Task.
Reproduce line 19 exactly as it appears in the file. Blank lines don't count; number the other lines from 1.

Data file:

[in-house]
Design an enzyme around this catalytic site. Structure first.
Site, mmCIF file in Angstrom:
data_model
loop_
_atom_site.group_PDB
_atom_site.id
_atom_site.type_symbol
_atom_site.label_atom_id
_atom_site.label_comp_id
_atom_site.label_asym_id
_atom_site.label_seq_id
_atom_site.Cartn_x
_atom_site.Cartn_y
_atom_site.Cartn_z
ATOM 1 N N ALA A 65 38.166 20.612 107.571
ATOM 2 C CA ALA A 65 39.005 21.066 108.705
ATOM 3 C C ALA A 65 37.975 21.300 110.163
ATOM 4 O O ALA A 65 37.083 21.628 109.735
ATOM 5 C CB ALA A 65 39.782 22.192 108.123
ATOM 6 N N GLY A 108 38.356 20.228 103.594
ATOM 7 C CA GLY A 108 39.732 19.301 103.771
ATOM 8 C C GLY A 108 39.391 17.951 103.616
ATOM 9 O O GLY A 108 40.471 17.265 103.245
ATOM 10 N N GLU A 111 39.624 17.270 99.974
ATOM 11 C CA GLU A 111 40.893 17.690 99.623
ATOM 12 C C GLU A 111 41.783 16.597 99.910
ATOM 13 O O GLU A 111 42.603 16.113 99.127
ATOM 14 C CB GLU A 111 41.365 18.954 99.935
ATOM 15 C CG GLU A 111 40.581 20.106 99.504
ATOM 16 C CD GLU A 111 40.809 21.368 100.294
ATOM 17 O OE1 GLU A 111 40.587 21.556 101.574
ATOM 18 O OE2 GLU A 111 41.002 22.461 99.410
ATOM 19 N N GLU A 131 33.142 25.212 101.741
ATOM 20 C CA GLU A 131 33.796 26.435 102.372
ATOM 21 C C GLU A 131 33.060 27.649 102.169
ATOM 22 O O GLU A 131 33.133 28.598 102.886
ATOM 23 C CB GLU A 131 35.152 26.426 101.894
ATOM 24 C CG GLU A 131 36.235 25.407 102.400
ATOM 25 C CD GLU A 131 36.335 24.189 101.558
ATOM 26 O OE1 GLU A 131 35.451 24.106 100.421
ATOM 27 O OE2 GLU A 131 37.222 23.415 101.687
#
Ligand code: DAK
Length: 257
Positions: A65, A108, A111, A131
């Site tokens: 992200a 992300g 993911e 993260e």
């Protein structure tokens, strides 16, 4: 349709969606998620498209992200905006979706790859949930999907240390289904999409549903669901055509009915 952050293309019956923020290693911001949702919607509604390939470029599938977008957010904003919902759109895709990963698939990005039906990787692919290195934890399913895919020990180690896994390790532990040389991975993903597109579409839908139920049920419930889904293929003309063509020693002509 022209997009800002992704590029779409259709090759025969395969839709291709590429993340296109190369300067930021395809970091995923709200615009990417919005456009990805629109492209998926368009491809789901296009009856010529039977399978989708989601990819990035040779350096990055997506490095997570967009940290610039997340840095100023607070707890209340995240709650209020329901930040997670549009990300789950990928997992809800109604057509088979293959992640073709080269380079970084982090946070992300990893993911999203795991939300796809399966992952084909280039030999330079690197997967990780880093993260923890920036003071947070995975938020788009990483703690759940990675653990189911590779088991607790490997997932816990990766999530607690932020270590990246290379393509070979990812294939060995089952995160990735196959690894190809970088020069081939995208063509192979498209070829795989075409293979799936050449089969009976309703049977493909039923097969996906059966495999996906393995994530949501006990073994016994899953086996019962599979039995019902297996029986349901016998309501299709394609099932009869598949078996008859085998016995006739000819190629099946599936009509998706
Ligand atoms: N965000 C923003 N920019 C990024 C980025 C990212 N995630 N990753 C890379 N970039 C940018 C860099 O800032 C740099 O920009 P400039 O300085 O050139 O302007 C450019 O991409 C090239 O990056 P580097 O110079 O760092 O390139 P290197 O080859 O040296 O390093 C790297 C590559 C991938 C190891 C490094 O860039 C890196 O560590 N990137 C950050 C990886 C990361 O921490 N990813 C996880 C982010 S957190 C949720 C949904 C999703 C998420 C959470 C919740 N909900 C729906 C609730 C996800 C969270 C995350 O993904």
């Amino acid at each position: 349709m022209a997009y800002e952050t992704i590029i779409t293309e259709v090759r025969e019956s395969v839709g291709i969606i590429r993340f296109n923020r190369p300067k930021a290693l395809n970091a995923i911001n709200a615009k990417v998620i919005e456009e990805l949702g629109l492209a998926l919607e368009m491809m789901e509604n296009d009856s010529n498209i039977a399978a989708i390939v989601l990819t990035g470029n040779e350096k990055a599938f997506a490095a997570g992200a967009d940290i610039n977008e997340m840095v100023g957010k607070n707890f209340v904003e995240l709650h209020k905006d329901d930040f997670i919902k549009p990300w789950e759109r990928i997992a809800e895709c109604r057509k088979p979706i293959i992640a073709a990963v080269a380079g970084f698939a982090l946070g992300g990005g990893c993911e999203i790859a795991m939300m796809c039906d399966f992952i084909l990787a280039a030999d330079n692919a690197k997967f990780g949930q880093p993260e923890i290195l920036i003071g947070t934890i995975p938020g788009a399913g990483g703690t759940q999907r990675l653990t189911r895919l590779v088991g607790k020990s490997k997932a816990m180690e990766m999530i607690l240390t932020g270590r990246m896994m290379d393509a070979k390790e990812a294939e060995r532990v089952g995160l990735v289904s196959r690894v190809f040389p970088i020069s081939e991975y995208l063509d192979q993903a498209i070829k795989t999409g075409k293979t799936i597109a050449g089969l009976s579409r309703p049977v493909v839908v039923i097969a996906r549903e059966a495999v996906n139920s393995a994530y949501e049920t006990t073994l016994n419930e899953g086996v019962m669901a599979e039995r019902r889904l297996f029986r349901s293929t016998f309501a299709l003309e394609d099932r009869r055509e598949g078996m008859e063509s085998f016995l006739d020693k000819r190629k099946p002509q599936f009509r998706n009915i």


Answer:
ATOM 4 O O ALA A 65 37.083 21.628 109.735